Want to get your hands on the Tesla Cybertruck, but can't wait long enough? A team in China took matters into their own hands, building a do-it-yourself tribute to the company's uniquely-styled electric car. It's the latest in a series of do-it-yourself projects that show fan anticipation for the truck is reaching new highs.
The Shanghai-based team stuck mostly to the original car's design, except for two bumps on either side of the trunk that the presenter compares to "a man's deltoid muscle." Alongside the thicker front lights, the front bumper also adds an extra light. The team compares it to a Lamborghini design, with changes like an inverted trapezoid in front and carbon fiber covers around the front wheels. Besides these changes, it looks remarkably similar to the original.
YouTube user "JayInShanghai" shared a video Friday detailing the car's design, followed by an extra video Sunday exploring the comparisons with a sports car.
It's the latest in a series of fan-made projects focused around the Cybertruck, perhaps the most strikingly-designed electric car to ever come from Tesla. The vehicle, unveiled by CEO Elon Musk at a Los Angeles event in November 2019 with a starting price of $39,900, won't start shipping until late 2021. But its strange angular shape, which Musk claims is because its hard steel exterior makes shaping too difficult, has already attracted widespread attention.
Musk himself, who has a pre-release Cybertruck, has been enjoying this widespread interest. He's been spotted cruising the streets of California in the new vehicle, appearances that have made widespread headlines.
The Shanghai project is not the first do-it-yourself Cybertruck to arrive. Another project from YouTuber "DRHOBS" built a Cybertruck from cardboard and tape to avoid the wait.
A motorized version of the Cybertruck came from Hot Wheels. The toy Cybertruck comes in 1:10 scale and 1:64 scale sizes. The larger version retails for $400 and has a top speed of 25 mph, while the smaller version costs $20 and has a top speed of just seven mph.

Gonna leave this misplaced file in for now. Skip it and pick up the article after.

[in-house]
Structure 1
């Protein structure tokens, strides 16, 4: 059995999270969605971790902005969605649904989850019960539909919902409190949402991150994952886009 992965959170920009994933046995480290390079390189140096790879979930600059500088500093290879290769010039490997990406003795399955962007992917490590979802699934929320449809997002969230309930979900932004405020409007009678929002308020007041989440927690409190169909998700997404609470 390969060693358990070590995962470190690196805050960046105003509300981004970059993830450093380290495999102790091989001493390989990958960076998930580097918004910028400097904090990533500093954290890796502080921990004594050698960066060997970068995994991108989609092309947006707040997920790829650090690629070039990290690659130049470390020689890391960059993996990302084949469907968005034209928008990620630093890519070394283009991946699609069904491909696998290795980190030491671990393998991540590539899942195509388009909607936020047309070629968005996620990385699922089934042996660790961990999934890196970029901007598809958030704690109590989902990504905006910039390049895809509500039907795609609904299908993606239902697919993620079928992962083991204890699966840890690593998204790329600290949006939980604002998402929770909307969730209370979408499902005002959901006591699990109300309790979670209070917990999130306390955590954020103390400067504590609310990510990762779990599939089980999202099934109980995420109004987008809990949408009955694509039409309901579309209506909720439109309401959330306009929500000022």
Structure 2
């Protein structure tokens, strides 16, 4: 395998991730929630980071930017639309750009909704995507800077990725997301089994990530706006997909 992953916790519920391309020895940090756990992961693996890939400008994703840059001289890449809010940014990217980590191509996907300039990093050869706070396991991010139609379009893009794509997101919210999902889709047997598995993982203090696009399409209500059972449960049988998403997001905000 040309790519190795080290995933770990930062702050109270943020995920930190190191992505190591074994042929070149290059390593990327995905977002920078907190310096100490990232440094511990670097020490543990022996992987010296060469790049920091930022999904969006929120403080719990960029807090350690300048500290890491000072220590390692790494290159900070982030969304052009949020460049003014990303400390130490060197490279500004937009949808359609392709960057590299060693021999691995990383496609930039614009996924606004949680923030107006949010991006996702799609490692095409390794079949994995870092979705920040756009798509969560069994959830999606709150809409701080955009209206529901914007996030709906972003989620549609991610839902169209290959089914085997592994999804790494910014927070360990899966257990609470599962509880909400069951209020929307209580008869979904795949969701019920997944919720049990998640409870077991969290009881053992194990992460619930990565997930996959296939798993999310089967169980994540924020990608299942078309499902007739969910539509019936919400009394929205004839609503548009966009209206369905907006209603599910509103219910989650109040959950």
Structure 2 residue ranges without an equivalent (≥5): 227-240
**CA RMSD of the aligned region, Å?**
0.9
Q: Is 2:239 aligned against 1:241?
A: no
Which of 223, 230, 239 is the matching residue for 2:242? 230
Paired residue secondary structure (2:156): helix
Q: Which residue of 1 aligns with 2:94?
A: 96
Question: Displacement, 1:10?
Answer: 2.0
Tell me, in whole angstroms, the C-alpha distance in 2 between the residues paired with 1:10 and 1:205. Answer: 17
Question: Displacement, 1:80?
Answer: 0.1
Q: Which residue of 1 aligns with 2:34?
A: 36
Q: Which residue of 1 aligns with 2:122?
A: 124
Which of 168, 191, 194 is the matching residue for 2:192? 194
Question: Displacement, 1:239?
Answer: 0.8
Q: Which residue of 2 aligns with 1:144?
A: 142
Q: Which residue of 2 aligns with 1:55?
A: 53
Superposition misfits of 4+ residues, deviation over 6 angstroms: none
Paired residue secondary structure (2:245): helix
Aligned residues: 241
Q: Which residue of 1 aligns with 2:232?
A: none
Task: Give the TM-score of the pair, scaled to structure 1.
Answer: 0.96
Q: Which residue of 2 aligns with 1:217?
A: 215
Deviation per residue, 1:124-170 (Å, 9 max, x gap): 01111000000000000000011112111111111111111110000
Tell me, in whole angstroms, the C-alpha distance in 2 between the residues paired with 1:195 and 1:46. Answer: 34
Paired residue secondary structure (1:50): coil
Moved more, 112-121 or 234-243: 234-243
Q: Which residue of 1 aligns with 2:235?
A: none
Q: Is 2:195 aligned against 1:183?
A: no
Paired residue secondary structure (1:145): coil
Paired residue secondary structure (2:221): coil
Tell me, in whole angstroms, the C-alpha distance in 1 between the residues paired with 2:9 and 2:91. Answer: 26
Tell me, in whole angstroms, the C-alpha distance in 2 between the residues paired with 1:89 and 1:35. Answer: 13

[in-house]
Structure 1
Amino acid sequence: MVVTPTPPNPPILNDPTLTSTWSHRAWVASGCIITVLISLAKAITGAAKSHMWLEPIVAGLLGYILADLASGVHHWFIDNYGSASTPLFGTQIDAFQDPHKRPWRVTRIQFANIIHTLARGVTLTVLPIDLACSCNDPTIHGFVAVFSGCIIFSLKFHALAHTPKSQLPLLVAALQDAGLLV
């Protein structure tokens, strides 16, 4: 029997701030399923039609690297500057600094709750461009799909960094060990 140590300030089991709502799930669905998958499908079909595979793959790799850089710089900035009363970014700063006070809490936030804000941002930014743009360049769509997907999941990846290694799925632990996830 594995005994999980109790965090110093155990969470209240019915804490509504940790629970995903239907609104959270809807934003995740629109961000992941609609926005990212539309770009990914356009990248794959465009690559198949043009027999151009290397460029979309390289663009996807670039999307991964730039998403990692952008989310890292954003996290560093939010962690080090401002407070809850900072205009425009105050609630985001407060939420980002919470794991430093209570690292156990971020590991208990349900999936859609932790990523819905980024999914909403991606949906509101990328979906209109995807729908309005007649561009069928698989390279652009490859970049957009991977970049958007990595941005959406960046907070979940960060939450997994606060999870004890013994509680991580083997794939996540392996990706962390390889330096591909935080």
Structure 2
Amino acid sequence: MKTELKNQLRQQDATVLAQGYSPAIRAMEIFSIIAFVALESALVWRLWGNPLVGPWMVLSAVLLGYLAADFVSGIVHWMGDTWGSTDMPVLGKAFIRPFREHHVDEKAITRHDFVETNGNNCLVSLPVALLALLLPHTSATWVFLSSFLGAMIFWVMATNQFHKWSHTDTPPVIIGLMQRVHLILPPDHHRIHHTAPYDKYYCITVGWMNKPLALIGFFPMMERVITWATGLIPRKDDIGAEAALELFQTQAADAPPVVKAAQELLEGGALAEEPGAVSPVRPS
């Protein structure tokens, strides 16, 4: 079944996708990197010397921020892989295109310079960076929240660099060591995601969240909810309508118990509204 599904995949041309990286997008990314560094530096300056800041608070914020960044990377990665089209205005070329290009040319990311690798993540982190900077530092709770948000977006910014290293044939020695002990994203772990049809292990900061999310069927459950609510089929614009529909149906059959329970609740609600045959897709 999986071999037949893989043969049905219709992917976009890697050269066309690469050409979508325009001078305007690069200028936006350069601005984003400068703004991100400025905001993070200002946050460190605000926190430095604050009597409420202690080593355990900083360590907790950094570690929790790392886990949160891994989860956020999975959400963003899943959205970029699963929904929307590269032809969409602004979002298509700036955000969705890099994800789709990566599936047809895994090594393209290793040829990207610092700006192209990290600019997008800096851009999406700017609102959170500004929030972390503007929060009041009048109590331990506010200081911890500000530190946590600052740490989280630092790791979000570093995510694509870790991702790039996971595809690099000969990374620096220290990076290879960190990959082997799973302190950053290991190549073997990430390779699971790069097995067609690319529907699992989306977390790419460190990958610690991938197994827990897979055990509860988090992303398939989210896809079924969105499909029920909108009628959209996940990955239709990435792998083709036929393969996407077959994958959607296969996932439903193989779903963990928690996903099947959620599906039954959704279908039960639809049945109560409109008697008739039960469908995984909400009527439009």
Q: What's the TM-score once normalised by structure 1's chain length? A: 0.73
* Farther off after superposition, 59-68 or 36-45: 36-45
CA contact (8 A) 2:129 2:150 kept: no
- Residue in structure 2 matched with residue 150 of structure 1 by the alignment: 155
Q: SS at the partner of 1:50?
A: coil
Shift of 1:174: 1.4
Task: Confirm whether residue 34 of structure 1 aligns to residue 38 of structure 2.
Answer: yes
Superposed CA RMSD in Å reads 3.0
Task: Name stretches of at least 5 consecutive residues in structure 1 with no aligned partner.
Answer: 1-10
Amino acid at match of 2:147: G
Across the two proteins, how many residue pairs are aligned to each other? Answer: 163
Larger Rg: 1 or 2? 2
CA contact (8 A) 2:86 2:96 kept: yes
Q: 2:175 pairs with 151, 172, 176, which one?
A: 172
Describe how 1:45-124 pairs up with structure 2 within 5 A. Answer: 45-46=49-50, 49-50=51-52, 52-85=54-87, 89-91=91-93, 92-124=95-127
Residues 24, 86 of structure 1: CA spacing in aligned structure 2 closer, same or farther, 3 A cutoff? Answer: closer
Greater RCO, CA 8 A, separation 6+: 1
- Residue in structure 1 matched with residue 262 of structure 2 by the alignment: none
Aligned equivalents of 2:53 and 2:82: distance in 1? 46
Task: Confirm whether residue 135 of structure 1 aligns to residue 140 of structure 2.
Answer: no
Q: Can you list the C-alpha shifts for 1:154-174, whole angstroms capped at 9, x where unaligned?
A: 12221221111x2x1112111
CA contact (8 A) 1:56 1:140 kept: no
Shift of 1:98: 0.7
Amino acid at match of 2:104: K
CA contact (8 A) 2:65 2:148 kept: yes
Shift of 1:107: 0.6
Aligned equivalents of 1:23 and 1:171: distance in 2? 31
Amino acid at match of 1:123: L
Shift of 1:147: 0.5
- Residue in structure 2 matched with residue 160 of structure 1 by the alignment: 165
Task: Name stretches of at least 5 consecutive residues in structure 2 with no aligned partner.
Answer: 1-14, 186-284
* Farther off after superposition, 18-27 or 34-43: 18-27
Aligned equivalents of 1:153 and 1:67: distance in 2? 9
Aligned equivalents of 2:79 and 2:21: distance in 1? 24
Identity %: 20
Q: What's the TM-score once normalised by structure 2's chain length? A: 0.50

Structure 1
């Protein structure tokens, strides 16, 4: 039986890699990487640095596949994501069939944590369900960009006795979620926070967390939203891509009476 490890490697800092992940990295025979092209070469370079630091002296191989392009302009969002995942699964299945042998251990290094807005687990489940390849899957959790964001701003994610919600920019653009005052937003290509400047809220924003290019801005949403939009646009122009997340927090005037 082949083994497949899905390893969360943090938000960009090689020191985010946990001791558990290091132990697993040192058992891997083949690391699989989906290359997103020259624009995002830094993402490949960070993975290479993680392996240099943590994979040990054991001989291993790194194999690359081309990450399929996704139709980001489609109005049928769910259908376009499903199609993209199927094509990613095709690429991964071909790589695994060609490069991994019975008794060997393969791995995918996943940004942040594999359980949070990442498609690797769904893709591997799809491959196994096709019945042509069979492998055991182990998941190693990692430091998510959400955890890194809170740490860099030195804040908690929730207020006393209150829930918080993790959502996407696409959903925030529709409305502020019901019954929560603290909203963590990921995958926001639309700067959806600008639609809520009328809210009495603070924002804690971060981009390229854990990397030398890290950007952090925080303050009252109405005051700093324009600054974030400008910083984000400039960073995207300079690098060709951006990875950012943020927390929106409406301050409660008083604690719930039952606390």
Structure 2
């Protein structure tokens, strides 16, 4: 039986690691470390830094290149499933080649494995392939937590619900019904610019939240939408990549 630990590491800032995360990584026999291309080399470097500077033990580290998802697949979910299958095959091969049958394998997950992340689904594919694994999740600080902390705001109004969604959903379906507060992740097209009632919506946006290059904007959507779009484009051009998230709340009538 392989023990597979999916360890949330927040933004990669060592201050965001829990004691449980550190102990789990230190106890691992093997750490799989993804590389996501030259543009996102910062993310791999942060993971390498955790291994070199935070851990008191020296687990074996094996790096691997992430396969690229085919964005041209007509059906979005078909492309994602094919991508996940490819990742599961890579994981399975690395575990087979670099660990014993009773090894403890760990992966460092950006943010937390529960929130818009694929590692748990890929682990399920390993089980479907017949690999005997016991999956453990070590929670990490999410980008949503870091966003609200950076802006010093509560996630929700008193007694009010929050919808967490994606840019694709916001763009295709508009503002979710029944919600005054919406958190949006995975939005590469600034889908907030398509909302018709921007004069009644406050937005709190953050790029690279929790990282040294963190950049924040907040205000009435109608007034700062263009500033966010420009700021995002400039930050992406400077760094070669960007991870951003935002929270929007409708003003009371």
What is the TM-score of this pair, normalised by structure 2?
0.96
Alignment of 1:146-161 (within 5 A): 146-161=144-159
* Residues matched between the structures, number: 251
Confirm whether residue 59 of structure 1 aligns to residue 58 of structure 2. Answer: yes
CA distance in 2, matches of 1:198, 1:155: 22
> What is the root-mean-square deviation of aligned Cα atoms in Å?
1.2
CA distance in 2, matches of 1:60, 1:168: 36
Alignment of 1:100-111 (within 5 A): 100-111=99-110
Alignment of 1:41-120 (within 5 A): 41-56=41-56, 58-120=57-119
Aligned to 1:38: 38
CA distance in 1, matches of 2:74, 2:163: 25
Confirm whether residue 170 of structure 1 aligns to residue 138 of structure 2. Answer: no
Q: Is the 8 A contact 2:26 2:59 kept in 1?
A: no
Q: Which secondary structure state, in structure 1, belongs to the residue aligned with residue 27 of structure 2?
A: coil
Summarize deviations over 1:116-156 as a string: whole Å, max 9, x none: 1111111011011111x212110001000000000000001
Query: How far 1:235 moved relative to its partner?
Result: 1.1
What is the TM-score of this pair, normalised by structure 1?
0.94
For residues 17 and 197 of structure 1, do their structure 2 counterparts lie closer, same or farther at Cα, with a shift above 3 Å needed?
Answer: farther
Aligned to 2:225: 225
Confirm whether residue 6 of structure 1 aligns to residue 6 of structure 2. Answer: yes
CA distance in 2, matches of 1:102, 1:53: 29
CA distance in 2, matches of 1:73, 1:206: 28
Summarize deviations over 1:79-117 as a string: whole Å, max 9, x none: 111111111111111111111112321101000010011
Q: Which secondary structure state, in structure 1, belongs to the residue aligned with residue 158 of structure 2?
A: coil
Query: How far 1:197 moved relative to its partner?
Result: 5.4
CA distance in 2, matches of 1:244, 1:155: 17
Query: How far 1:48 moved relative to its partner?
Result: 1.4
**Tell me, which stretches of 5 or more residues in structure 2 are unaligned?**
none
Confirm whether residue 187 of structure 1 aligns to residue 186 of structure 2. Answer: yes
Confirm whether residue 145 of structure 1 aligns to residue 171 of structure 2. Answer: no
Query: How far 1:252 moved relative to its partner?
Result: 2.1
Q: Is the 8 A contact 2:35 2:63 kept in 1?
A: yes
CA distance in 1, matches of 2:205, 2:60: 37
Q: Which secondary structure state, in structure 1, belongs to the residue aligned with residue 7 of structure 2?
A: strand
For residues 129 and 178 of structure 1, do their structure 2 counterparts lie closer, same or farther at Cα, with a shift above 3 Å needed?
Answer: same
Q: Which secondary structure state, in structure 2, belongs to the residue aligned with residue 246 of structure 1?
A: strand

Although it hasn't launched a product, Lego has also produced its own concept of a Cybertruck from the toy firm.
The Cybertruck's widespread popularity has been filtering into third-party analysis. The team at Loup Ventures, after interviewing pickup truck owners, revised its sales predictions based on the warm response. Once truck production reaches its peak in 2023, the team now expects the Cybertruck to account for 15 percent of total output rather than just five percent.
Tesla has been raking up pre-orders for the truck, which does have a low reservation deposit of just $100. A teacher produced by the Cybertruck Owners Club forum showed in February 2020 that the truck had already raked in over 535,000 reservations. By comparison, the Tesla Model 3 had 518,000 total reservations by the time production started in the summer of 2017.
The Shanghai project is unlikely to replace a real Cybertruck. But with the warm fan reactions and rising analyst expectations, the project is another sign that the bizarrely-shaped truck may prove a bigger hit than expected. Whether it can beat the Ford F-150, the biggest-selling vehicle in the United States, is another question.